Trout Unlimited is a group of conservation-minded anglers promoting quality trout and salmon fisheries — both for their intrinsic value as well as for watershed health.
In 1959 on the banks of one solitary stream — Michigan’s Au Sable River — a small group of anglers banded together to ensure the health of trout, their habitat, and the sport of angling.Two years later, they won their first victory.
Michigan replaced its indiscriminate fish-stocking activities with stream improvement programs, fingerling planting and protective fishing regulations – all designed to protect the wild, native fish.
So began TU’s concept of catch-and-release. Trout Unlimited has evolved, and today’s Mission is to conserve, protect and restore North America’s trout and salmon fisheries and their watersheds.
Today, Trout Unlimited’s 500 chapters and 125,000+ volunteer-member network continue to conserve, protect and restore … One Stream at a Time.
“A good gamefish is too valuable to be caught only once.”
—Lee Wulff, 1938
Acting for conservation can take on many forms. Donate your talent and make an impact in Lancaster County
With an average monthly membership of more than 800 members, DTU is one of the largest and most active Trout Unlimited chapters not only in Pa but also in the entire country. There is a constant need for additional volunteers and donors to continue and expand the work. Please contact any Chapter officers or committee chairs to learn about opportunities to get involved
Want to help out? Check out our volunteer page for an overview of opportunities.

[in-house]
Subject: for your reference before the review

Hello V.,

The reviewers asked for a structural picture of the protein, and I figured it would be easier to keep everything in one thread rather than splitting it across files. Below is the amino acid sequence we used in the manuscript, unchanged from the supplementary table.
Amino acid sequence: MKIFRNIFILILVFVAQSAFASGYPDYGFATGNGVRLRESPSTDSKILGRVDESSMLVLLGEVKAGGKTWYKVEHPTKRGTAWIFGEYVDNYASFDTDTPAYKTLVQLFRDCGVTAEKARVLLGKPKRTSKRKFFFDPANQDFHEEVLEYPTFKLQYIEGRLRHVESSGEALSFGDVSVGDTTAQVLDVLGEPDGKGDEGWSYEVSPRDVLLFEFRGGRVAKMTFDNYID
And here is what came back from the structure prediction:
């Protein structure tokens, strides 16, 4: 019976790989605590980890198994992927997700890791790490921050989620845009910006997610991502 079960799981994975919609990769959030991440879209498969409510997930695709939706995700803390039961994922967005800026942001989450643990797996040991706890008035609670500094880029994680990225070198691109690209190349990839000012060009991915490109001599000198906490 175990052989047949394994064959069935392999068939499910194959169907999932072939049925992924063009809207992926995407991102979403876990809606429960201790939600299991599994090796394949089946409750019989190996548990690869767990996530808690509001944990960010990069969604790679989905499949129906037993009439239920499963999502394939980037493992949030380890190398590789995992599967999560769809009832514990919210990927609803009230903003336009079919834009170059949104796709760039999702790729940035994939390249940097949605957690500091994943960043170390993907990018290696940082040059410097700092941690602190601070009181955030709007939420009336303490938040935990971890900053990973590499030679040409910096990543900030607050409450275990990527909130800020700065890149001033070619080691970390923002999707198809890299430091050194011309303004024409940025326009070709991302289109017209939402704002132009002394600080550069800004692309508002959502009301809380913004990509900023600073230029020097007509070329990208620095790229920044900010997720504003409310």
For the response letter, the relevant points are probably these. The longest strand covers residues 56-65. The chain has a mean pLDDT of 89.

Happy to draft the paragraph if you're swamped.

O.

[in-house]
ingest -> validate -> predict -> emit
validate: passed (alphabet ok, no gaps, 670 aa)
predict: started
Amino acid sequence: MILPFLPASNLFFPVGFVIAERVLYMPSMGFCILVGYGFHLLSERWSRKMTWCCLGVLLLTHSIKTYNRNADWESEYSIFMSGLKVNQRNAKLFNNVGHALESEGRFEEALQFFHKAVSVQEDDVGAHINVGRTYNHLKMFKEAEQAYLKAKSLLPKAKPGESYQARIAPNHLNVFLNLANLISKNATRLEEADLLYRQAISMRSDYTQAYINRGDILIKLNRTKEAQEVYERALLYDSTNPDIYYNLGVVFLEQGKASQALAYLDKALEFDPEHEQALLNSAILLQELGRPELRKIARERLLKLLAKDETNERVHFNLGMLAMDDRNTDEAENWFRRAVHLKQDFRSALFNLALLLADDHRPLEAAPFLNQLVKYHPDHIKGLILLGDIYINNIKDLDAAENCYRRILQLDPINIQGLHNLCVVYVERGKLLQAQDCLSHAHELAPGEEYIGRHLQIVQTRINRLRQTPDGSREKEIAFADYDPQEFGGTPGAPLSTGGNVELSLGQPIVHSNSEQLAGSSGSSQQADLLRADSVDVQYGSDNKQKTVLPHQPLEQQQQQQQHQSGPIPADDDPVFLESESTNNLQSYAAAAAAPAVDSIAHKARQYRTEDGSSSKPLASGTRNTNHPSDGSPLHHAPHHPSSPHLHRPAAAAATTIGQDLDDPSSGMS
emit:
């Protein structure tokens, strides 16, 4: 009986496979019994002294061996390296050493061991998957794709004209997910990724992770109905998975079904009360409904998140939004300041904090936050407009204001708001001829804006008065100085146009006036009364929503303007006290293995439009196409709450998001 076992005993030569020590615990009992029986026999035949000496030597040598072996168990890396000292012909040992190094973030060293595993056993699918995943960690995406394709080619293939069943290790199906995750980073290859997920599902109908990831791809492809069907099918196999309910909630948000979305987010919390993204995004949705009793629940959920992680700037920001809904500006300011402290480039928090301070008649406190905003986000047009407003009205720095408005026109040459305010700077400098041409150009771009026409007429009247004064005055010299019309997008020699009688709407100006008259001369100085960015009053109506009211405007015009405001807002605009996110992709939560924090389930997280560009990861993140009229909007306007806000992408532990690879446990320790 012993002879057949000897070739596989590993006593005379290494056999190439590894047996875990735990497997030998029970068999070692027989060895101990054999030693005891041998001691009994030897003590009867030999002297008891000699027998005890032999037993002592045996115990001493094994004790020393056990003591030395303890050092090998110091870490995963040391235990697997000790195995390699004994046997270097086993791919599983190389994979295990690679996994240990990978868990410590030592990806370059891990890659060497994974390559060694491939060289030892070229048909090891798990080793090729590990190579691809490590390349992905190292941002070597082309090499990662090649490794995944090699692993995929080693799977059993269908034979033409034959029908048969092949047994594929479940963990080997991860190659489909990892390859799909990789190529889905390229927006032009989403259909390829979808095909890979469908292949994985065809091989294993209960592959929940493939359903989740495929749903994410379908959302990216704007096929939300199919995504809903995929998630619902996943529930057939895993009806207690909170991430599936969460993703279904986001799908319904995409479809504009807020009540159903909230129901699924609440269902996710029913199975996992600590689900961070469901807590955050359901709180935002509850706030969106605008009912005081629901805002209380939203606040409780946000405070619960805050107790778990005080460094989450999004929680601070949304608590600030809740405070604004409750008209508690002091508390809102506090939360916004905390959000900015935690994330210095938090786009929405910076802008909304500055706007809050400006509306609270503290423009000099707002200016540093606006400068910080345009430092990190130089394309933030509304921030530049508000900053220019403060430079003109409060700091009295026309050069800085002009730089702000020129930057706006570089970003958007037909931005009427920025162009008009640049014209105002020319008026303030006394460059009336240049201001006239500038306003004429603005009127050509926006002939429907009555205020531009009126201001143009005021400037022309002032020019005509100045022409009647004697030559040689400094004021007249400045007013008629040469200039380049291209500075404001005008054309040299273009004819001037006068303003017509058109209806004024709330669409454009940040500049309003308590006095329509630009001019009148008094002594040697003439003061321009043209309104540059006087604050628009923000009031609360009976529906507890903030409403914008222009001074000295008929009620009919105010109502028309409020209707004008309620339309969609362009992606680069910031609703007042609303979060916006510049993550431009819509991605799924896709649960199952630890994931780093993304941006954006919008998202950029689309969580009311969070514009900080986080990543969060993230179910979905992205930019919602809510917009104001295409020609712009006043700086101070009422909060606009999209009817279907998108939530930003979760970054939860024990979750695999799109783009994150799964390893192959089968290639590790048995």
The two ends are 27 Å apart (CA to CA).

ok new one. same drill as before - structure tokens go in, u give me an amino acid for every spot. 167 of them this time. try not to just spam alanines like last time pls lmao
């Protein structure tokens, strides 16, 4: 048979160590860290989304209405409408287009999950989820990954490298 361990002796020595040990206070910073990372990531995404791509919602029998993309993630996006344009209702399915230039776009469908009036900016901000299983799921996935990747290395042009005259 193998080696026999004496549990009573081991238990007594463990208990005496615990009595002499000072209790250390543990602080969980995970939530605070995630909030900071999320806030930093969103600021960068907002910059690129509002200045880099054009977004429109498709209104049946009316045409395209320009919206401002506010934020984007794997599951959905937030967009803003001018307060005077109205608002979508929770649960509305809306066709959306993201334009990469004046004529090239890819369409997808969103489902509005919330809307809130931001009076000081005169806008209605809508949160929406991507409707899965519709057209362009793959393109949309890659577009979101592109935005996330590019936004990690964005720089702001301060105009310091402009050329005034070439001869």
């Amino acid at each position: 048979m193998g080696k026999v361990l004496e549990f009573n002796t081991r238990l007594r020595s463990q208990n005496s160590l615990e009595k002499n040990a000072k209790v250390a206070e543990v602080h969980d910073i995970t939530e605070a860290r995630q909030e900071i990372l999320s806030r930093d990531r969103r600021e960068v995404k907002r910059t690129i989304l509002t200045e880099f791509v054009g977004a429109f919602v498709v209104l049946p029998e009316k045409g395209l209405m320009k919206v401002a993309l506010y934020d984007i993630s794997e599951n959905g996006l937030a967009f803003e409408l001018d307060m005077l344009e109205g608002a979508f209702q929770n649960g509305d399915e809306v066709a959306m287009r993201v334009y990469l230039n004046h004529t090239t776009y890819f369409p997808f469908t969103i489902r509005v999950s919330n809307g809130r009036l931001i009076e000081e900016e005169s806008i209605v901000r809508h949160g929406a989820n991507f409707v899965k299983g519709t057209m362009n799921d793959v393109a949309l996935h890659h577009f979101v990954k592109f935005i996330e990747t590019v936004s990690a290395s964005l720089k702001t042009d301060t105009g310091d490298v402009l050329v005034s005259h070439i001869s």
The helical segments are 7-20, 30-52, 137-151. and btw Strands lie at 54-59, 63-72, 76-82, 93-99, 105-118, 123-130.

What DTU Does
DTU has maintained an active education and
outreach schedule to promote conservation with all age groups in Lancaster County.
Included in this will be an improved website designed to educate, inform, and become a resource for environment educators and parents. As soon as life returns to normal we will resume in person activities.
Because the best conservation work is done by connecting landowners, agencies, non-profit organizations, and other stakeholders, most projects are soup-to-nut efforts. Each project is unique. In a typical year, DTU works with more than 50 cooperating organizations to identify conservation work that needs to be done, to work with landowners to find possible solutions, to assess watersheds, to develop engineering solutions, and to find necessary funding. All this planning and work on the ground is done to improve streams and buffer to the point where they can heal themselves. We get our hands dirty. We have the science to back up our claims.
Chapter members sleep, breathe and occasionally even eat trout — and we love to talk about fishing . . . But our focus is on conservation. All members are volunteers, but we are known for all of the quality projects that we complete on time and under budget.